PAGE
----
Hauraton’s 1st Polymer Concrete Channel
No matter, these three companies were the foundation of the modular polymer trench market in the U.S. and had some commonality in the design of their products. All three manufactures had 4” (or 100mm) wide channels. The polymer concrete was based on a polyester resin of equal quality. The channels were all pre-sloped to around 0.6%. The channels all had recesses built into the top edge so when installed, the grating would sit flush in the channel. And the top edge of the exposed channel was polymer concrete. It is here, at the top edge of the drain body, where ACO made product innovations to help differentiate themselves from the rest of the market.
ACO was the first trench drain manufacturer, at least in the States, to have the “integral metal” edge. They realized that the wide exposed polymer concrete edge was prone to chip under the right conditions. And, in areas prone to freeze-thaw, the exposed edge could deteriorate over time. From an aesthetics standpoint, the integral edge offers a clean, trim look that out performs the exposed concrete edge. Both Polycast and PolyDrain have remedied the aesthetics of their channel by developing a metal overlay or edge protector that acts as a sheath to cover the channel edges. Though, as nice as the overlay technology may look, ACO’s integral metal edge seems to have struck a chord with architects and engineers, alike.
Jumping on the Band Wagon
Over the next 20 years or so, polymer concrete trench drains gained acceptance in the market place. Those frame and grate systems that required the contractor to build a wooden form started becoming more costly as skilled labor rates in the States rose. At the same time, there was a parting of differentiation in the marketplace between drains used in site work (outside) and plumbing (inside). Plumbing hardware companies such as Zurn, Watts, Josam and J.R. Smith began aligning themselves with the polymer concrete trench drain manufactures and began promoting modular drains in their markets. Polycast, for example, manufactured trench drains for Watts and Zurn. ACO entered into a relationship with Jay. R. Smith. Josam began working with another European giant, MEA, and established the MEA-Josam line.
The original three manufacturers (ACO, Polycast and PolyDrain) had established the U.S. Trench drain market and had invested in manufacturing facilities. These three companies also represented the drainage sales in the Civil (outside) market. In early 1990’s there began a gradual migration of the plumbing markets to move away from polymer concrete to plastics. For instance, Zurn, which had previously bought and re-sold the Polycast brand, moved away from Polycast (polymer concrete) to fiberglass (Z806) and then plastic channels (Z886) because they were able to establish channel manufacturing from these materials cheaper than they could a polymer concrete channel. Likewise, Watts and Jay R. Smith left their polymer concrete trench drain roots to developed channels based on polyethylene plastic. And, Josam, not to be left behind, recently shipped all their MEA polymer channels to Europe and Canada and began promoting a fiber reinforced structural plastic. So now, what we are experiencing in the trench drain marketplace tends to be PC channels for exterior and some interior applications. Plastic channel drains are seen in some interior commercial applications and many residential applications (largely exterior).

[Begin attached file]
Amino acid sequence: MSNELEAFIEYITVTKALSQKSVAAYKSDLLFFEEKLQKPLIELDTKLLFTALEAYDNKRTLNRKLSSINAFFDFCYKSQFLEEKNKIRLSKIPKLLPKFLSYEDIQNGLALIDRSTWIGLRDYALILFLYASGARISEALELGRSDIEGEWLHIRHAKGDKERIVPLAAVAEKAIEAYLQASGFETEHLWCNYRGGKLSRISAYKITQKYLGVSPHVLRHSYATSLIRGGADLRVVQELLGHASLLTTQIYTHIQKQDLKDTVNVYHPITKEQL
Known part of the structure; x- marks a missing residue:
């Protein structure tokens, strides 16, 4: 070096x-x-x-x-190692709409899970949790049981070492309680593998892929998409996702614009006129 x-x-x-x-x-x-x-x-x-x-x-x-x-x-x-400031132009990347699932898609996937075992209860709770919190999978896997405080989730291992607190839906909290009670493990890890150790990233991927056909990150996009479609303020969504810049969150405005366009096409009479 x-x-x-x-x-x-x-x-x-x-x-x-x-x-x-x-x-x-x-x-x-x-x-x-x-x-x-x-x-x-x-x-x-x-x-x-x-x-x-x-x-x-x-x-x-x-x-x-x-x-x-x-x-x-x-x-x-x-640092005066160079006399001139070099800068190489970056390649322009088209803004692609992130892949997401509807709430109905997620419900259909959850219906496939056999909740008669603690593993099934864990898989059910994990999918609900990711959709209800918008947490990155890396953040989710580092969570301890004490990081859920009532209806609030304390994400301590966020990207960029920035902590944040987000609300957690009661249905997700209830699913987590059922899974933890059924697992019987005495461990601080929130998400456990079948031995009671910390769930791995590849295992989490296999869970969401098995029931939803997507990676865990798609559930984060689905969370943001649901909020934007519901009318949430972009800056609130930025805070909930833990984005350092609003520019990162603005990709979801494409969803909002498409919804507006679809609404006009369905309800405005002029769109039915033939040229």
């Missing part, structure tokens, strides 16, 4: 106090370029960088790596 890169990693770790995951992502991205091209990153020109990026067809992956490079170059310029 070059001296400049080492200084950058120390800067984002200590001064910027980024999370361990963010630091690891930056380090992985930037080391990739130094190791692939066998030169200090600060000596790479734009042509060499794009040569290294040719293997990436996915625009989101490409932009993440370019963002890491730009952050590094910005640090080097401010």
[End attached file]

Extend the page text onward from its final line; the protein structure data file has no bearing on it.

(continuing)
One can argue that the future of trench drain will be with plastic drain products. But, I doubt it. I would argue that polymer concrete channels are much better suited for exterior applications than plastic channels. Polymer concrete is more similar in composition to standard Portland cement based concrete that encases the channel. Because of their similarity, polymer concrete channels “play” better with concrete than do plastic channels. This is largely because of the differences in thermal expansion between plastic and concrete. On hot days, plastic channel tend to expand and separate from the concrete that they are encased within. Oppositely, on cold days, plastic channels can shrink more than the concrete around than and form stress cracks. This problem has plagued the plastic channel industry from the beginning and is amplified with longer drains and large swings in temperature.
It could be that plastics channels are better suited for stable interior environments. For instance, I generally see plastic pre-sloped channels with plastic grating at commercial pools and kennels. The plastic stands up to chemicals and is not sharp to the touch of bare feet (or paws). There is also a price advantage to plastic components over polymer concrete and metal. However, for interior processes with hot solutions (Breweries) or upscale drain systems requiring fine detail, polymer concrete channels should be considered in the drain selection process.
More Information about Trench Drain Systems
If you need further information on trench drain products or need help with a drainage solution which utilizes modular drains, contact the helpful folks at Trench Drain Systems (TDS). Their website, www.TrenchDrain.com, will guide you through the products and applications commonly associated to linear drains. Residential customers can find a wide assortment of functional and decorative systems on their on-line store www.DrainageKits.com. Or call them at 610-638-1221. They don’t mind.